Simon Saunders, managing consultant, Portcullis Computer Security
The types of security programmes run by financial institutions to date have delivered a certain amount of assurance, but they are not providing protection against the most sophisticated of attacks.
There are multiple reasons for this and it is not possible to cite any one particular failing as being solely responsible. It is important to understand that assurance programmes do currently, and will continue to, deliver significant value. However, there is also the need to do more if there is an aspiration to better protect against the most sophisticated threats.
Before proposing a solution, it makes sense to first highlight what a typical assurance programme fails to cover.
Risk reviews and security testing tend to be conducted as part of project go-live and at periodic intervals thereafter, e.g. annually, for the highest priority systems. Security testing is heavily reliant on highlighting known issues and the results are only relevant to the system in the present configuration. The changes made to the system over time, and the challenge of keeping up to date with patching, mean that the historical view of system security may be steadily made less relevant. Effectively, corporate perception of system security may be out of sync with reality.
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Systems tend to be put forward for security testing in a relatively isolated state; the interconnections with other systems may be overlooked, the wider infrastructure is often considered trusted, legacy components assumed secure and users assumed not to significantly undermine security. As such, security testing can be performed without context and whilst the security of a particular system may be understood, its posture in its normal operating environment is less clear. Some of the responsibility for this sits with the security testing community for not challenging clients enough on test scope. There are also the commercial and practical realities; there will always be scope boundaries and the need to control cost and time. There is also the need to reflect on how the security programmes of many organisations have become driven by the need to comply with an internal standard which addresses a generic set of threats, rather than by threats to a particular system and the data thereof.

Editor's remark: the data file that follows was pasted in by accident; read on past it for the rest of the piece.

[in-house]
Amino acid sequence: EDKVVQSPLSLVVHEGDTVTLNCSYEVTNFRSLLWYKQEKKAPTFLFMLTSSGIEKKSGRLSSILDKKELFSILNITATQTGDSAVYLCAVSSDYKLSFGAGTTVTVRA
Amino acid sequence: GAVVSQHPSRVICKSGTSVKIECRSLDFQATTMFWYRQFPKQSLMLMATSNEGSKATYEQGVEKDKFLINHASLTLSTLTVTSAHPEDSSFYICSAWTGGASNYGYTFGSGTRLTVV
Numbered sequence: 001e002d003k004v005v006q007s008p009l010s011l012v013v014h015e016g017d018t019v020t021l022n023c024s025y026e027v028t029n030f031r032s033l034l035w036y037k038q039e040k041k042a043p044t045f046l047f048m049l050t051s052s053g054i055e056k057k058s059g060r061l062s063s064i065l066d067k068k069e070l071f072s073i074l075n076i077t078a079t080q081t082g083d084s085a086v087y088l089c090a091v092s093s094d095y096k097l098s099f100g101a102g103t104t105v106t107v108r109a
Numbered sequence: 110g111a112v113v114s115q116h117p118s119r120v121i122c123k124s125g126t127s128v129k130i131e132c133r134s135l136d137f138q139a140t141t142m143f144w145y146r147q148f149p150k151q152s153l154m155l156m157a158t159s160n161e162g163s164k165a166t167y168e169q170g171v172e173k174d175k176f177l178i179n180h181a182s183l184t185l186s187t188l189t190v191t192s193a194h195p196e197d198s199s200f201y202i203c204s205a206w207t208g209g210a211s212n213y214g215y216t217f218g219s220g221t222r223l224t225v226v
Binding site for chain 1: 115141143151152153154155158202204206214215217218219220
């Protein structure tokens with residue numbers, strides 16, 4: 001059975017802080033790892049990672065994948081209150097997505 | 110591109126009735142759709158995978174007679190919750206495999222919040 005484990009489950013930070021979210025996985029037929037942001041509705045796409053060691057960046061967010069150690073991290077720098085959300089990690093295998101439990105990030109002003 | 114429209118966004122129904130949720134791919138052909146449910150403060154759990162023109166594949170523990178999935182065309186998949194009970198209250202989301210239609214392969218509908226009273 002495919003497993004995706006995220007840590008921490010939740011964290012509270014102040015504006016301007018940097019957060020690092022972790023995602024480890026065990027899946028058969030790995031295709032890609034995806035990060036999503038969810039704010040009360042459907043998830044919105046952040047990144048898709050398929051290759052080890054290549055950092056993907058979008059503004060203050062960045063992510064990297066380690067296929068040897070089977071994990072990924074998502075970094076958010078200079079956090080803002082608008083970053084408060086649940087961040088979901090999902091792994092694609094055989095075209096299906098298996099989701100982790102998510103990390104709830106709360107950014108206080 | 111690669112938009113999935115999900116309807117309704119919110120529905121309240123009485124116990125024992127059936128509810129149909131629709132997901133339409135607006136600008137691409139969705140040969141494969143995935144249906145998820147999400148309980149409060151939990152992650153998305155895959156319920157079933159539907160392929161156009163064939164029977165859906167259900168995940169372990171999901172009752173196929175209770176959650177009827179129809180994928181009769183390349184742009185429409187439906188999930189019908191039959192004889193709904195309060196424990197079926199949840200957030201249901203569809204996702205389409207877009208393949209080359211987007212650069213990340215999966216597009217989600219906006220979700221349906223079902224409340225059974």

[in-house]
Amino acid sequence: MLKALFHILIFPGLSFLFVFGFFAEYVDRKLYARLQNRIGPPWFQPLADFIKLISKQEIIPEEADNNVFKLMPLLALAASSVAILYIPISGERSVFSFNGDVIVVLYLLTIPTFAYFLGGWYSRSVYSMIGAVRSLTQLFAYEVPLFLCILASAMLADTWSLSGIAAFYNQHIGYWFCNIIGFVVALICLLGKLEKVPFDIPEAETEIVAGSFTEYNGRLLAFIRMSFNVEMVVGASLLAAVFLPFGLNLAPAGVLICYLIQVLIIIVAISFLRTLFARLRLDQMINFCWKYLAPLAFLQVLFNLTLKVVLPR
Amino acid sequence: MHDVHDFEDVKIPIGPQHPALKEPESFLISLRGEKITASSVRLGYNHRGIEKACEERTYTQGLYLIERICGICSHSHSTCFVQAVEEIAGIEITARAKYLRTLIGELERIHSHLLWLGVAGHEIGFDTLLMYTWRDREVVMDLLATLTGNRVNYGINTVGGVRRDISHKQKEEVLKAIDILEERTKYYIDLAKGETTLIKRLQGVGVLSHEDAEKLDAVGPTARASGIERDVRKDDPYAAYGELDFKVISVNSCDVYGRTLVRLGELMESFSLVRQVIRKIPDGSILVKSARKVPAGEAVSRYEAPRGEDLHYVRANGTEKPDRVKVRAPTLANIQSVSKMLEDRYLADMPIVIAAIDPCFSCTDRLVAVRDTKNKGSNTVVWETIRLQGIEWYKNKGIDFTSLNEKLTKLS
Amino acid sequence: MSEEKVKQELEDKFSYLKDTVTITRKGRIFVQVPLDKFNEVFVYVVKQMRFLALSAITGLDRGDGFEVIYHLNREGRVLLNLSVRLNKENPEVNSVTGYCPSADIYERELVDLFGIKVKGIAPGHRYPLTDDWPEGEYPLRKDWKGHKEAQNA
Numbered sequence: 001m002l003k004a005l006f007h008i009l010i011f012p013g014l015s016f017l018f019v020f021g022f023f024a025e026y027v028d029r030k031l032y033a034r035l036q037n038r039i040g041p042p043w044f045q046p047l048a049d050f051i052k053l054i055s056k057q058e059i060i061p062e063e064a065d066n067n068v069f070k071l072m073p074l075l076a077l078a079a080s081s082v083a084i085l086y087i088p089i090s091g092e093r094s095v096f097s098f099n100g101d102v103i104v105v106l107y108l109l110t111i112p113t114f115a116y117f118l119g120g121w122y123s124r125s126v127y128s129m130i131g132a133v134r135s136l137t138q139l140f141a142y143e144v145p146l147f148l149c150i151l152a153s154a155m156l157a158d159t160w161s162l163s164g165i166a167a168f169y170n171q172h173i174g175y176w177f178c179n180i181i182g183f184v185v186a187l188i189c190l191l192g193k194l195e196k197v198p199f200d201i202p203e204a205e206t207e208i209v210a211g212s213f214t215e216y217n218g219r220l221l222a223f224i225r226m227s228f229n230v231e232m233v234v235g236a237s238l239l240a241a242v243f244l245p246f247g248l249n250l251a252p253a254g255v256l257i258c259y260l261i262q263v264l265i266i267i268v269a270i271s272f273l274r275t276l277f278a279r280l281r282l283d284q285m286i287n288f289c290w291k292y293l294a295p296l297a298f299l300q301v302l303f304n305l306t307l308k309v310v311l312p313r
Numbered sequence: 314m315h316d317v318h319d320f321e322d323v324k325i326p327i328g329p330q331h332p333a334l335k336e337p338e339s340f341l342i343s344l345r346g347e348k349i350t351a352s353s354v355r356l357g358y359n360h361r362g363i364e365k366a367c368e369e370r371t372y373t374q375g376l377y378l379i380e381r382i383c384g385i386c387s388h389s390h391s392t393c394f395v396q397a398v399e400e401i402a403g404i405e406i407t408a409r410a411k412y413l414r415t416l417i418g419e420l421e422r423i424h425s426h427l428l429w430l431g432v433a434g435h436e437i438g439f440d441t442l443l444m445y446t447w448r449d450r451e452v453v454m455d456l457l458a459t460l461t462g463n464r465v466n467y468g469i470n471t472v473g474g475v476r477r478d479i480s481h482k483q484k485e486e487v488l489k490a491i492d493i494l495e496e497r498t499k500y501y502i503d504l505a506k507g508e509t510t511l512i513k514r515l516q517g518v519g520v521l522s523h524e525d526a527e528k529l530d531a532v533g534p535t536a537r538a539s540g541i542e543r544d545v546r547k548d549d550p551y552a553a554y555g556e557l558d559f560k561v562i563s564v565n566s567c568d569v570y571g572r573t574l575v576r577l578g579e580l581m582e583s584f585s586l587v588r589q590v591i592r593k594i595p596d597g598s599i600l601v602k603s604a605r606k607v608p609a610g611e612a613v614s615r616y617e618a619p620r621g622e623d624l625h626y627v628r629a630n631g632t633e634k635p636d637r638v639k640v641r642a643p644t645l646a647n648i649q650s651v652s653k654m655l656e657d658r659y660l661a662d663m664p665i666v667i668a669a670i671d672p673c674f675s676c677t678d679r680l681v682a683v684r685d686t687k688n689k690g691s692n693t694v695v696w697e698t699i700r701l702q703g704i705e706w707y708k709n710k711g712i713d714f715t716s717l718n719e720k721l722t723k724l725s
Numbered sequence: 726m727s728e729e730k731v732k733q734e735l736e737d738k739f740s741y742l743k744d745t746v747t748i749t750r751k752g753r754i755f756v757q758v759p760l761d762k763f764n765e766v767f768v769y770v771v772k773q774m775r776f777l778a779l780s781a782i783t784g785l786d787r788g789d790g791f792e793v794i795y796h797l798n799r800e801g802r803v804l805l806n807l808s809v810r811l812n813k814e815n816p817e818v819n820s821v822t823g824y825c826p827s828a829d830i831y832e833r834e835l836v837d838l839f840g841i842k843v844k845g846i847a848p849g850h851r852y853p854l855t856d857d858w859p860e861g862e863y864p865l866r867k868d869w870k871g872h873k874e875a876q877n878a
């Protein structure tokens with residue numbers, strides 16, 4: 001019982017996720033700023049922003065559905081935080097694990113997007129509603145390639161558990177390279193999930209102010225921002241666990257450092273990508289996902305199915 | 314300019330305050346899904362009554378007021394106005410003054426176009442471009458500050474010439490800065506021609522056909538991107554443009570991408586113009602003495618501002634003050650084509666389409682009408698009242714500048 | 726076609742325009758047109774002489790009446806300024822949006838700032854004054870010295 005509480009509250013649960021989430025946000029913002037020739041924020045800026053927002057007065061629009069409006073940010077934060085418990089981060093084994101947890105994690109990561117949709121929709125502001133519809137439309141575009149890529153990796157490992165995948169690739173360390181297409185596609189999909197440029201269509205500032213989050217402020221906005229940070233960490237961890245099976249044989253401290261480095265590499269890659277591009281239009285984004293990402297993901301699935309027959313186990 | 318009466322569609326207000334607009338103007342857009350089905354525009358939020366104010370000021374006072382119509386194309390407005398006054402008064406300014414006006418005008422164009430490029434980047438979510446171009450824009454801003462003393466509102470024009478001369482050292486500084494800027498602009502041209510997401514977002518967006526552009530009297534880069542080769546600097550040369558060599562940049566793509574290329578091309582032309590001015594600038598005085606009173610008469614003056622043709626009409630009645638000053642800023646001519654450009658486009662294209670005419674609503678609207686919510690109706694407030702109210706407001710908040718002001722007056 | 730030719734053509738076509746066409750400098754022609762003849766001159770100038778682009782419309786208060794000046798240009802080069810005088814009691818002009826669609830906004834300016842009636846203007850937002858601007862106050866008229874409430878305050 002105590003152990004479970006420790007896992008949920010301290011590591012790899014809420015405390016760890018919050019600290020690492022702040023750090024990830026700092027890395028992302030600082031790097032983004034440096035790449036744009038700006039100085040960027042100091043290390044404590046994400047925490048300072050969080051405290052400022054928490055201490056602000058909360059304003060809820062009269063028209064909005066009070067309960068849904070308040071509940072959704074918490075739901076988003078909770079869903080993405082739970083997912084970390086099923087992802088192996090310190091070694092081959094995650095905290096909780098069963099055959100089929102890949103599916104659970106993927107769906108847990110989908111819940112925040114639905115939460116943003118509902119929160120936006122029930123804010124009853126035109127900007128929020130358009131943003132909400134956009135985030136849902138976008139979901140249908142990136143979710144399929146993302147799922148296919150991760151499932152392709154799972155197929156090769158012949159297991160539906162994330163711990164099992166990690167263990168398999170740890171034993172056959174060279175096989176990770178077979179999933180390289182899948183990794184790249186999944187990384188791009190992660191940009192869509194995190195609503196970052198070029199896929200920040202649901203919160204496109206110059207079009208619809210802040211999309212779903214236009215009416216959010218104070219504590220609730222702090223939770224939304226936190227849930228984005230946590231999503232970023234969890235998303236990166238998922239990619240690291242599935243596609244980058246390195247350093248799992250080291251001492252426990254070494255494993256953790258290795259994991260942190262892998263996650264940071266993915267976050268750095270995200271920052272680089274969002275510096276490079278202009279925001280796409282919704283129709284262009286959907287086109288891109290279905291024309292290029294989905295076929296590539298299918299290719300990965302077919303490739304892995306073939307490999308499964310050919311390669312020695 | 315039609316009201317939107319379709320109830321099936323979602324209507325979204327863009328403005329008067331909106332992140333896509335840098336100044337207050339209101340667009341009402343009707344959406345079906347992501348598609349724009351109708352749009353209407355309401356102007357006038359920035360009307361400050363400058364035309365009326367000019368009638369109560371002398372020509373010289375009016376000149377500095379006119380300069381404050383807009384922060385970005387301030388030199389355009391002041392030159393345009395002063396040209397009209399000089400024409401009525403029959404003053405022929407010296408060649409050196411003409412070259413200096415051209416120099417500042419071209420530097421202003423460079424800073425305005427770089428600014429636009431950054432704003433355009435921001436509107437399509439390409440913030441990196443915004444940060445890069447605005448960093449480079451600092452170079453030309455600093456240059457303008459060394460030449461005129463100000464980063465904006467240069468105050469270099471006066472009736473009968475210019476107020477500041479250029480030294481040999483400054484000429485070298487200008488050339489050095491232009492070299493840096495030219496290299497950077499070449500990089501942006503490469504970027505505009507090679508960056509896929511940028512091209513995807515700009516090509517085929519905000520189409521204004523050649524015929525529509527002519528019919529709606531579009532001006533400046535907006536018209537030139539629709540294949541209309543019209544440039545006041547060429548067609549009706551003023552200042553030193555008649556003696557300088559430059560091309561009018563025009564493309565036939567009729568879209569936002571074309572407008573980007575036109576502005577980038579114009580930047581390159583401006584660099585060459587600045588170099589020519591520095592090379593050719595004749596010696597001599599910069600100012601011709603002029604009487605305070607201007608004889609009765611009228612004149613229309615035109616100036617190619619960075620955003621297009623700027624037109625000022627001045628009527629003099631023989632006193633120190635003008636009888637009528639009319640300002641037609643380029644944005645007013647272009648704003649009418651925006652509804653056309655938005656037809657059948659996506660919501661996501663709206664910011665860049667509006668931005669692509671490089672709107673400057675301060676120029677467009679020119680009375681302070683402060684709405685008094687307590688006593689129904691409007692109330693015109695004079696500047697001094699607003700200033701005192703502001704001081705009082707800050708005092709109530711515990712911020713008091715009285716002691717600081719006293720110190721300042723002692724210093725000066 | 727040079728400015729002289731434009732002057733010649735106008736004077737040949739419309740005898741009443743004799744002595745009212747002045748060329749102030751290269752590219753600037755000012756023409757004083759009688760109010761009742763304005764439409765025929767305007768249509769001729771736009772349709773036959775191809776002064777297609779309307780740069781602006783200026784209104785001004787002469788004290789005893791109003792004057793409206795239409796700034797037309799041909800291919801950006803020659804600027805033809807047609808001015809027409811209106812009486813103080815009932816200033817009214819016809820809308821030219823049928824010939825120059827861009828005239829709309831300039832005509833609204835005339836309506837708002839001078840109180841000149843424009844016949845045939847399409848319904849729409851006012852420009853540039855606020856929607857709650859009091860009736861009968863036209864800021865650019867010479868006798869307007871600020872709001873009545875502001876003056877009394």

Risk acceptance is a key component of the modern landscape. There will always be risks that are accepted for purist reasons (those that pose an acceptable risk to the business) and for reasons of circumstance (those issues that are accepted because there is not the time or money available to fix them). However, these acceptances quickly grow into hundreds and thousands across the estate of a large multinational and it is really hard to map the connections between them. Some of the most sophisticated attacks leverage a lot of low and medium level issues to create a greater, ‘perfect storm’, attack.
Having recognised that the traditional approach to information assurance doesn’t cover all bases and that weaknesses remain which could be exploited by a sophisticated attacker, the question is ‘what next’?
Intelligence-led testing, as recently highlighted by the Bank of England under its CBEST scheme, has some of the answers. The process starts by using current intelligence (as in the military intelligence sense of the word) to understand what may be targeted by whom, how and why. This intelligence is then used to shape further assurance work on the live production network where there is an opportunity to have the security testing company test those assets that are at greatest risk using the same techniques as a would-be attacker.
This overcomes the limitations regarding historical risk reviews not being current, reviewing systems out of context, limited scopes and highlighting the consequences of risk acceptance and a wide range of other deficiencies.
The aspiration is ultimately to help organisations get one step ahead of the attackers and shut down those opportunities for compromise before they occur.
As part of the intelligence-led testing, there is also an opportunity to evaluate the effectiveness of corporate defences. These are often not exercised as part of a security test because, ultimately, they can only make a situation better. However, decisions do get made about the effectiveness of both technological and human measures in terms of their ability to identify and intercept attacks. As part of running intelligence-led testing, there is a chance to test the performance of these measures.
While the traditional approach to information assurance and penetration testing programmes does have its limitations, it needs to remain part of corporate culture. It covers a wide range of threats in a practical way and to move away from such an approach would be to the detriment of security. However, in recognising the limitations of this approach and filling these gaps with intelligence led testing there is an opportunity to better protect against the more sophisticated threats.